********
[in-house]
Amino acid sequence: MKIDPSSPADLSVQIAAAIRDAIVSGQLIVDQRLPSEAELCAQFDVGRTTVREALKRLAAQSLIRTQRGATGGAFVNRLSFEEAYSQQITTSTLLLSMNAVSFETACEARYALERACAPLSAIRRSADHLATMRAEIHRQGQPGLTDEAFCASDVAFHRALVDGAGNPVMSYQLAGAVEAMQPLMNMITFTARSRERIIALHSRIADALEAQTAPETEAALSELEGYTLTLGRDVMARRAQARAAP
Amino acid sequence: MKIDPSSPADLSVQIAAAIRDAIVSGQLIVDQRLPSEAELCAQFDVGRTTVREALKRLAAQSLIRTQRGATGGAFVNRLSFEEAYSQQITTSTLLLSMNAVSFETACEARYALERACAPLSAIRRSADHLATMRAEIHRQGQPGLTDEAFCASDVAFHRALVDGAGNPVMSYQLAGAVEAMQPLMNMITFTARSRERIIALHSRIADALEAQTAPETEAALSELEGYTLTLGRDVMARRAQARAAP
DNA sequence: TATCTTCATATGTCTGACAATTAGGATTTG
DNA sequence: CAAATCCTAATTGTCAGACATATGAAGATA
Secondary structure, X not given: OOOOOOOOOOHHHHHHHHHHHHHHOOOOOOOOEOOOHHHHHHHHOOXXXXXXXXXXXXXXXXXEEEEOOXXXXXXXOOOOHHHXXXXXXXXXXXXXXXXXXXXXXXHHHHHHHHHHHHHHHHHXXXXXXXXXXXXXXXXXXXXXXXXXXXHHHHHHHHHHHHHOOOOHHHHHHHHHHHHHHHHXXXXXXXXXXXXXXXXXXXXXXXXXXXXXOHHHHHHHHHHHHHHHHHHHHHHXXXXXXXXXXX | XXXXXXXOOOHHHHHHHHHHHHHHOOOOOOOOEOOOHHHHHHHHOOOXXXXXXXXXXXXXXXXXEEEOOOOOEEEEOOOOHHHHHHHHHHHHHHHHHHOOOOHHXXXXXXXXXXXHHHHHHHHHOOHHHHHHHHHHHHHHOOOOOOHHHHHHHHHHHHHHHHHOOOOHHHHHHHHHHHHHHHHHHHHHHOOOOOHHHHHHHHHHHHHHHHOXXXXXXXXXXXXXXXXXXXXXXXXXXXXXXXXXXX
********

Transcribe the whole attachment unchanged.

[in-house]
Amino acid sequence: MKIDPSSPADLSVQIAAAIRDAIVSGQLIVDQRLPSEAELCAQFDVGRTTVREALKRLAAQSLIRTQRGATGGAFVNRLSFEEAYSQQITTSTLLLSMNAVSFETACEARYALERACAPLSAIRRSADHLATMRAEIHRQGQPGLTDEAFCASDVAFHRALVDGAGNPVMSYQLAGAVEAMQPLMNMITFTARSRERIIALHSRIADALEAQTAPETEAALSELEGYTLTLGRDVMARRAQARAAP
Amino acid sequence: MKIDPSSPADLSVQIAAAIRDAIVSGQLIVDQRLPSEAELCAQFDVGRTTVREALKRLAAQSLIRTQRGATGGAFVNRLSFEEAYSQQITTSTLLLSMNAVSFETACEARYALERACAPLSAIRRSADHLATMRAEIHRQGQPGLTDEAFCASDVAFHRALVDGAGNPVMSYQLAGAVEAMQPLMNMITFTARSRERIIALHSRIADALEAQTAPETEAALSELEGYTLTLGRDVMARRAQARAAP
DNA sequence: TATCTTCATATGTCTGACAATTAGGATTTG
DNA sequence: CAAATCCTAATTGTCAGACATATGAAGATA
Secondary structure, X not given: OOOOOOOOOOHHHHHHHHHHHHHHOOOOOOOOEOOOHHHHHHHHOOXXXXXXXXXXXXXXXXXEEEEOOXXXXXXXOOOOHHHXXXXXXXXXXXXXXXXXXXXXXXHHHHHHHHHHHHHHHHHXXXXXXXXXXXXXXXXXXXXXXXXXXXHHHHHHHHHHHHHOOOOHHHHHHHHHHHHHHHHXXXXXXXXXXXXXXXXXXXXXXXXXXXXXOHHHHHHHHHHHHHHHHHHHHHHXXXXXXXXXXX | XXXXXXXOOOHHHHHHHHHHHHHHOOOOOOOOEOOOHHHHHHHHOOOXXXXXXXXXXXXXXXXXEEEOOOOOEEEEOOOOHHHHHHHHHHHHHHHHHHOOOOHHXXXXXXXXXXXHHHHHHHHHOOHHHHHHHHHHHHHHOOOOOOHHHHHHHHHHHHHHHHHOOOOHHHHHHHHHHHHHHHHHHHHHHOOOOOHHHHHHHHHHHHHHHHOXXXXXXXXXXXXXXXXXXXXXXXXXXXXXXXXXXX